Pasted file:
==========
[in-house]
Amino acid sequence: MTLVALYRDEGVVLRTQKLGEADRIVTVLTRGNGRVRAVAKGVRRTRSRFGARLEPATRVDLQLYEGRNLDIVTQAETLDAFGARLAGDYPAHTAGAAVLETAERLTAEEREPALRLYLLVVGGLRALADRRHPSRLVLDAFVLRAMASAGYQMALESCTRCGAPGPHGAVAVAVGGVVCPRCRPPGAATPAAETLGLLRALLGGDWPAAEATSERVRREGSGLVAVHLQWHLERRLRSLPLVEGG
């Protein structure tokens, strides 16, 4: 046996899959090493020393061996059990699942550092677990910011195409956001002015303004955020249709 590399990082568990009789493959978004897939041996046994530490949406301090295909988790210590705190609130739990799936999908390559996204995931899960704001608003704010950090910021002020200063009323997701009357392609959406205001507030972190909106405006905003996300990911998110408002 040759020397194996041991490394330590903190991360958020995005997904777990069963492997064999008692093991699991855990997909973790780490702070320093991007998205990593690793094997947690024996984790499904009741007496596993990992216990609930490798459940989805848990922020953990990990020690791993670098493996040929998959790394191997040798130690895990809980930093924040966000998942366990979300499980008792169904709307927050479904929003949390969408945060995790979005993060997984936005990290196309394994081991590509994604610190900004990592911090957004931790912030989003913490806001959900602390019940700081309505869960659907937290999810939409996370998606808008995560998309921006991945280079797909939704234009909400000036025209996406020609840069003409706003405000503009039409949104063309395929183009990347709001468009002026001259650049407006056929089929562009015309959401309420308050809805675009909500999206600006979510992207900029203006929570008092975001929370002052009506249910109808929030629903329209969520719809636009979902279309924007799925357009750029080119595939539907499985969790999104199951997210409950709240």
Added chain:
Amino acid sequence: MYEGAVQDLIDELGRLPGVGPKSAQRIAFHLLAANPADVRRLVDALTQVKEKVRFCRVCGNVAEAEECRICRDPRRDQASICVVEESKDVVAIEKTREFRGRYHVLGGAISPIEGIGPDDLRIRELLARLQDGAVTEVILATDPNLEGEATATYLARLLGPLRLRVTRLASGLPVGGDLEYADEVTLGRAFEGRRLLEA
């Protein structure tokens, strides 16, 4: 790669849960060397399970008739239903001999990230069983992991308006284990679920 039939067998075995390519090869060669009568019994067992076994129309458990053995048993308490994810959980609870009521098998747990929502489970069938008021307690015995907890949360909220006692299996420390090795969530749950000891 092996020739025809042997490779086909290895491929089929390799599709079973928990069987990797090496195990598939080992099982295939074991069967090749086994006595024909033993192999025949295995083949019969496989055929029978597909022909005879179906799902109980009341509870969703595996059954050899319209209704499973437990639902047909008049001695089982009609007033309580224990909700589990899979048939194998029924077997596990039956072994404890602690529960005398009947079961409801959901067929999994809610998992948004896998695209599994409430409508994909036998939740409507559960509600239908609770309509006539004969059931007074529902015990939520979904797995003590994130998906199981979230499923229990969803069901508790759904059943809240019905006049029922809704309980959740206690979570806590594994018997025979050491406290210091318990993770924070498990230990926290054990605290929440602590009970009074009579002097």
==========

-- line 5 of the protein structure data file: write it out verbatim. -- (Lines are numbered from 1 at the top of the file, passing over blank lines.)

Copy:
Amino acid sequence: MYEGAVQDLIDELGRLPGVGPKSAQRIAFHLLAANPADVRRLVDALTQVKEKVRFCRVCGNVAEAEECRICRDPRRDQASICVVEESKDVVAIEKTREFRGRYHVLGGAISPIEGIGPDDLRIRELLARLQDGAVTEVILATDPNLEGEATATYLARLLGPLRLRVTRLASGLPVGGDLEYADEVTLGRAFEGRRLLEA